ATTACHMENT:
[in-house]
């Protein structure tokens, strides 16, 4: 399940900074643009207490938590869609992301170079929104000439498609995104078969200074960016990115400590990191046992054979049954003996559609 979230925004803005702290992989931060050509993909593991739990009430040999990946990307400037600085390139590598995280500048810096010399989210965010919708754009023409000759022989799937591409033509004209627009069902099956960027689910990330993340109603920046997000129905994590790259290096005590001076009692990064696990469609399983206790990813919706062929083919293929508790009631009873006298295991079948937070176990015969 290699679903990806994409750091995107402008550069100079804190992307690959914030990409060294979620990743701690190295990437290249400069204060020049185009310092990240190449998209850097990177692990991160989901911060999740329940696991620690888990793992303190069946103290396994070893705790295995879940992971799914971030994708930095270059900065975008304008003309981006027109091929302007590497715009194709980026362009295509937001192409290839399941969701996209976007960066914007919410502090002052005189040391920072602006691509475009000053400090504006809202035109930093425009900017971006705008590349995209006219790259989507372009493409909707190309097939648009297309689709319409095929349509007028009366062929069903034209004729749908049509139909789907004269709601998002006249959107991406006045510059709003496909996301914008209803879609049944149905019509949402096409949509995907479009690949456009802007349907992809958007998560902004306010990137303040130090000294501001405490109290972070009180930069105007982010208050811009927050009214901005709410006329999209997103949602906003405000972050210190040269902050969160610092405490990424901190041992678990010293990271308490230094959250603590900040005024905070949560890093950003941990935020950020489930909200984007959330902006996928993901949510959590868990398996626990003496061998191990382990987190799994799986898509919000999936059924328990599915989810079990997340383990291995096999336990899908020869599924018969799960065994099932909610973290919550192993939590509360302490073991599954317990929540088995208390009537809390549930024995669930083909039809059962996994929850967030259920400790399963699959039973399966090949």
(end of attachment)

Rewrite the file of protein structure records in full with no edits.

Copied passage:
[in-house]
């Protein structure tokens, strides 16, 4: 399940900074643009207490938590869609992301170079929104000439498609995104078969200074960016990115400590990191046992054979049954003996559609 979230925004803005702290992989931060050509993909593991739990009430040999990946990307400037600085390139590598995280500048810096010399989210965010919708754009023409000759022989799937591409033509004209627009069902099956960027689910990330993340109603920046997000129905994590790259290096005590001076009692990064696990469609399983206790990813919706062929083919293929508790009631009873006298295991079948937070176990015969 290699679903990806994409750091995107402008550069100079804190992307690959914030990409060294979620990743701690190295990437290249400069204060020049185009310092990240190449998209850097990177692990991160989901911060999740329940696991620690888990793992303190069946103290396994070893705790295995879940992971799914971030994708930095270059900065975008304008003309981006027109091929302007590497715009194709980026362009295509937001192409290839399941969701996209976007960066914007919410502090002052005189040391920072602006691509475009000053400090504006809202035109930093425009900017971006705008590349995209006219790259989507372009493409909707190309097939648009297309689709319409095929349509007028009366062929069903034209004729749908049509139909789907004269709601998002006249959107991406006045510059709003496909996301914008209803879609049944149905019509949402096409949509995907479009690949456009802007349907992809958007998560902004306010990137303040130090000294501001405490109290972070009180930069105007982010208050811009927050009214901005709410006329999209997103949602906003405000972050210190040269902050969160610092405490990424901190041992678990010293990271308490230094959250603590900040005024905070949560890093950003941990935020950020489930909200984007959330902006996928993901949510959590868990398996626990003496061998191990382990987190799994799986898509919000999936059924328990599915989810079990997340383990291995096999336990899908020869599924018969799960065994099932909610973290919550192993939590509360302490073991599954317990929540088995208390009537809390549930024995669930083909039809059962996994929850967030259920400790399963699959039973399966090949």